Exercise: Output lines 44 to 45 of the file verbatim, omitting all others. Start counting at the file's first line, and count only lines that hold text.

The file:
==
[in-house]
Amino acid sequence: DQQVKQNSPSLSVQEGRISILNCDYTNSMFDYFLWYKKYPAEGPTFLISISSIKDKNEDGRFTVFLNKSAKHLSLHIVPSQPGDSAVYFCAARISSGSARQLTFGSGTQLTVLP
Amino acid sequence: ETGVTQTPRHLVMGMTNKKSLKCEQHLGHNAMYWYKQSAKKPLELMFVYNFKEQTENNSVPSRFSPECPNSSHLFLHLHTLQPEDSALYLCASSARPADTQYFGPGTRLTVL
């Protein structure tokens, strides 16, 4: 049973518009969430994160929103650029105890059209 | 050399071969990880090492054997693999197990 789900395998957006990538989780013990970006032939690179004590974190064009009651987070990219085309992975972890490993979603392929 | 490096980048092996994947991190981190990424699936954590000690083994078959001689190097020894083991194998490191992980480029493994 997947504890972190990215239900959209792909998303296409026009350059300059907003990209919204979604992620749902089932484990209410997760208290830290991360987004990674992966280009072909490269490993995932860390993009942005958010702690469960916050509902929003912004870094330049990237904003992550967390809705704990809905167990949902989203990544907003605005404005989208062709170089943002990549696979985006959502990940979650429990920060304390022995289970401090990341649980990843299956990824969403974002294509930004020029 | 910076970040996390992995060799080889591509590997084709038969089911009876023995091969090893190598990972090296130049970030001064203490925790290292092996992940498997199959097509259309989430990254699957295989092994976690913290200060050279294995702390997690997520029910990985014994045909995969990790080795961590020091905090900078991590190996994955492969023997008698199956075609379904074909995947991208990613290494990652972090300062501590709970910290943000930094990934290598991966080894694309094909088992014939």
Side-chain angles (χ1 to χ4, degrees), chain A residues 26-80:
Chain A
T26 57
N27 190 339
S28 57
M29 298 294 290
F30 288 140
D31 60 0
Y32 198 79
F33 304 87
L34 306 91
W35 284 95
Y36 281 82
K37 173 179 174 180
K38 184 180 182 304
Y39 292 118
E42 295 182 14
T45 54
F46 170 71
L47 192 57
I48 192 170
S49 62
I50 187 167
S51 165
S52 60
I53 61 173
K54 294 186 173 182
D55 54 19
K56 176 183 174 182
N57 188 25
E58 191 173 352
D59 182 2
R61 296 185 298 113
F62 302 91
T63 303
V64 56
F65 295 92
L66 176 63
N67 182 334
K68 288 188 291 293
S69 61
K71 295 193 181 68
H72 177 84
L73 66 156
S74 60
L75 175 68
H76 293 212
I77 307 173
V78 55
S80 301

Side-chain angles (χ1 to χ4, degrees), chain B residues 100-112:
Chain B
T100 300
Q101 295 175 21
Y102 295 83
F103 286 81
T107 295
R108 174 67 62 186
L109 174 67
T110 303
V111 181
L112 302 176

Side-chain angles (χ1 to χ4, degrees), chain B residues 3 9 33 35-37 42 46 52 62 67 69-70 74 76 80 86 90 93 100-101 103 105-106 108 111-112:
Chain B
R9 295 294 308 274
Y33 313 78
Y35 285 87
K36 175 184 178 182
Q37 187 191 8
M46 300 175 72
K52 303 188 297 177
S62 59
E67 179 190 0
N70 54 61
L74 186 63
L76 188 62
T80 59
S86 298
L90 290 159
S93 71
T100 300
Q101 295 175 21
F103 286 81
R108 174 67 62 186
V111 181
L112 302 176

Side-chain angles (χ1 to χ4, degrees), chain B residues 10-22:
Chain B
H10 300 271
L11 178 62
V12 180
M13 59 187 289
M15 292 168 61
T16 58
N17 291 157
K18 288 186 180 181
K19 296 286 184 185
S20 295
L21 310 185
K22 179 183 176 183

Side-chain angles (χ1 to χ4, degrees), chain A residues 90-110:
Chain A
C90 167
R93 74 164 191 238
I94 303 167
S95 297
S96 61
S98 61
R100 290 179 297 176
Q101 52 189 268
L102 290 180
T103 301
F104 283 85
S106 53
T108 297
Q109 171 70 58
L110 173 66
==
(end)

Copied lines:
K68 288 188 291 293
S69 61